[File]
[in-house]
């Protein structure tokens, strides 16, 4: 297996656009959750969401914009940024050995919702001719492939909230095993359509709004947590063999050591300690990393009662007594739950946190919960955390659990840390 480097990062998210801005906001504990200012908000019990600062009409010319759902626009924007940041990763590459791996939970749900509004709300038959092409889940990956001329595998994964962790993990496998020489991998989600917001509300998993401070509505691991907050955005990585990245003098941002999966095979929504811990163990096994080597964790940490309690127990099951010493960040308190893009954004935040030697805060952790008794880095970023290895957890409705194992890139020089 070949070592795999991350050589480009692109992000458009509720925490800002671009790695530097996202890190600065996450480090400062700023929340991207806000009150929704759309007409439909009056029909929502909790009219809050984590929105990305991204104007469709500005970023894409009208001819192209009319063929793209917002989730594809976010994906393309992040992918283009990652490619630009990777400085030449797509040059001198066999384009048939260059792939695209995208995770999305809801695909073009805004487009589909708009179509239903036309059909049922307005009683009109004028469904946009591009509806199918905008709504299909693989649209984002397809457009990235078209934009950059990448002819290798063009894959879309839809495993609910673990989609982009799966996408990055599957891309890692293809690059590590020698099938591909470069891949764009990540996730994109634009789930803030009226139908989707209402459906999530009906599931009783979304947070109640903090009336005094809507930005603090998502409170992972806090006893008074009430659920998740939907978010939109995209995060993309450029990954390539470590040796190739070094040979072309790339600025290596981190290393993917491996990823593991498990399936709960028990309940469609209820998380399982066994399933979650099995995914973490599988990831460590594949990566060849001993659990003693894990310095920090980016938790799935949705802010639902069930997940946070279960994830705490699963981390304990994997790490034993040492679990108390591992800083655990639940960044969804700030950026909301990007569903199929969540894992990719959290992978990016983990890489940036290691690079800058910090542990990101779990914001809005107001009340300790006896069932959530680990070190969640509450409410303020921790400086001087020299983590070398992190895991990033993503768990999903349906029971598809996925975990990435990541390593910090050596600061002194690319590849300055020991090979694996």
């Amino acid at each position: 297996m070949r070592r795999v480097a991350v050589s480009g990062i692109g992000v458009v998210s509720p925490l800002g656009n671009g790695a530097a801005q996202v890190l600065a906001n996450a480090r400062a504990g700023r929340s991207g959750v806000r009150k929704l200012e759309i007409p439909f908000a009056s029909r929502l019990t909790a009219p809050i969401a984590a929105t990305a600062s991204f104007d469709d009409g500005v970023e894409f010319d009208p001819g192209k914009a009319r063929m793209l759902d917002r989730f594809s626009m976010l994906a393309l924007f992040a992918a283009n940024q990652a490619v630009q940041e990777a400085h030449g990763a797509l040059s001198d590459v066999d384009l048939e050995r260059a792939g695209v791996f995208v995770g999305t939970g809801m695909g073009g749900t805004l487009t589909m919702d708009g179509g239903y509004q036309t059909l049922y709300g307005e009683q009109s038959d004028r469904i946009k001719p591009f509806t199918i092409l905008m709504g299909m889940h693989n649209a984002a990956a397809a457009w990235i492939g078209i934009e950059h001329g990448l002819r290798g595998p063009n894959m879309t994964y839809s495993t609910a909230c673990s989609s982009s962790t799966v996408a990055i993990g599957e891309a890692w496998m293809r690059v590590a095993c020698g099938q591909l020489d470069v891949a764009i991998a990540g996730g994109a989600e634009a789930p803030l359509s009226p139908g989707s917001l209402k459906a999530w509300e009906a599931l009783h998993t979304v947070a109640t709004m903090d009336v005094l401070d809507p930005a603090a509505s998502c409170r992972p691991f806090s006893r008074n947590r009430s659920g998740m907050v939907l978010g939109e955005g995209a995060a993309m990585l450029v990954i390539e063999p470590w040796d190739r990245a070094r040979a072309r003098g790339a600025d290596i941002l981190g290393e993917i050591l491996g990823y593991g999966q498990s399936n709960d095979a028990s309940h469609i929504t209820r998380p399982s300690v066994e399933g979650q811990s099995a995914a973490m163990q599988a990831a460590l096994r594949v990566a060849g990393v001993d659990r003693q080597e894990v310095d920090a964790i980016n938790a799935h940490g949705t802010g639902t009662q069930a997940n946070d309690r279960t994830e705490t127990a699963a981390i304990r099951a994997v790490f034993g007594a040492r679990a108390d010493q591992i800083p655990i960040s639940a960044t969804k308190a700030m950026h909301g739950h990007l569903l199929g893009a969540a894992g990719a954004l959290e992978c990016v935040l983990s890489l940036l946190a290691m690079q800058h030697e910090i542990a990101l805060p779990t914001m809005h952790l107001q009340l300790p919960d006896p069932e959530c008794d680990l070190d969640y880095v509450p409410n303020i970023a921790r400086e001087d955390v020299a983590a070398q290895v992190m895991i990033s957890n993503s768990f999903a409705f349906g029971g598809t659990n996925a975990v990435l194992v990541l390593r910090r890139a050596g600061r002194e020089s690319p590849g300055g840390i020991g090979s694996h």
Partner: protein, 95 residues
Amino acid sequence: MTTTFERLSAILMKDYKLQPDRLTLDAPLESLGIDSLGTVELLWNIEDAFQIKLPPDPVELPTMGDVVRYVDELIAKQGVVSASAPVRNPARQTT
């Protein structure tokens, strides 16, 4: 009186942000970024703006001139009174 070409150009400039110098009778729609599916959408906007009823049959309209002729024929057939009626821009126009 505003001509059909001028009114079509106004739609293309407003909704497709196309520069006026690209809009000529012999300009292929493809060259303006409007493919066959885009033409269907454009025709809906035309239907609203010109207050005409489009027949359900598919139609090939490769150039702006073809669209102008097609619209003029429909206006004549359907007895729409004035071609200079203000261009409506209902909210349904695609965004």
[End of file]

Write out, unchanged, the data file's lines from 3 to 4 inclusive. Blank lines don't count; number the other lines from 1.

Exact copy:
């Amino acid at each position: 297996m070949r070592r795999v480097a991350v050589s480009g990062i692109g992000v458009v998210s509720p925490l800002g656009n671009g790695a530097a801005q996202v890190l600065a906001n996450a480090r400062a504990g700023r929340s991207g959750v806000r009150k929704l200012e759309i007409p439909f908000a009056s029909r929502l019990t909790a009219p809050i969401a984590a929105t990305a600062s991204f104007d469709d009409g500005v970023e894409f010319d009208p001819g192209k914009a009319r063929m793209l759902d917002r989730f594809s626009m976010l994906a393309l924007f992040a992918a283009n940024q990652a490619v630009q940041e990777a400085h030449g990763a797509l040059s001198d590459v066999d384009l048939e050995r260059a792939g695209v791996f995208v995770g999305t939970g809801m695909g073009g749900t805004l487009t589909m919702d708009g179509g239903y509004q036309t059909l049922y709300g307005e009683q009109s038959d004028r469904i946009k001719p591009f509806t199918i092409l905008m709504g299909m889940h693989n649209a984002a990956a397809a457009w990235i492939g078209i934009e950059h001329g990448l002819r290798g595998p063009n894959m879309t994964y839809s495993t609910a909230c673990s989609s982009s962790t799966v996408a990055i993990g599957e891309a890692w496998m293809r690059v590590a095993c020698g099938q591909l020489d470069v891949a764009i991998a990540g996730g994109a989600e634009a789930p803030l359509s009226p139908g989707s917001l209402k459906a999530w509300e009906a599931l009783h998993t979304v947070a109640t709004m903090d009336v005094l401070d809507p930005a603090a509505s998502c409170r992972p691991f806090s006893r008074n947590r009430s659920g998740m907050v939907l978010g939109e955005g995209a995060a993309m990585l450029v990954i390539e063999p470590w040796d190739r990245a070094r040979a072309r003098g790339a600025d290596i941002l981190g290393e993917i050591l491996g990823y593991g999966q498990s399936n709960d095979a028990s309940h469609i929504t209820r998380p399982s300690v066994e399933g979650q811990s099995a995914a973490m163990q599988a990831a460590l096994r594949v990566a060849g990393v001993d659990r003693q080597e894990v310095d920090a964790i980016n938790a799935h940490g949705t802010g639902t009662q069930a997940n946070d309690r279960t994830e705490t127990a699963a981390i304990r099951a994997v790490f034993g007594a040492r679990a108390d010493q591992i800083p655990i960040s639940a960044t969804k308190a700030m950026h909301g739950h990007l569903l199929g893009a969540a894992g990719a954004l959290e992978c990016v935040l983990s890489l940036l946190a290691m690079q800058h030697e910090i542990a990101l805060p779990t914001m809005h952790l107001q009340l300790p919960d006896p069932e959530c008794d680990l070190d969640y880095v509450p409410n303020i970023a921790r400086e001087d955390v020299a983590a070398q290895v992190m895991i990033s957890n993503s768990f999903a409705f349906g029971g598809t659990n996925a975990v990435l194992v990541l390593r910090r890139a050596g600061r002194e020089s690319p590849g300055g840390i020991g090979s694996h």
Partner: protein, 95 residues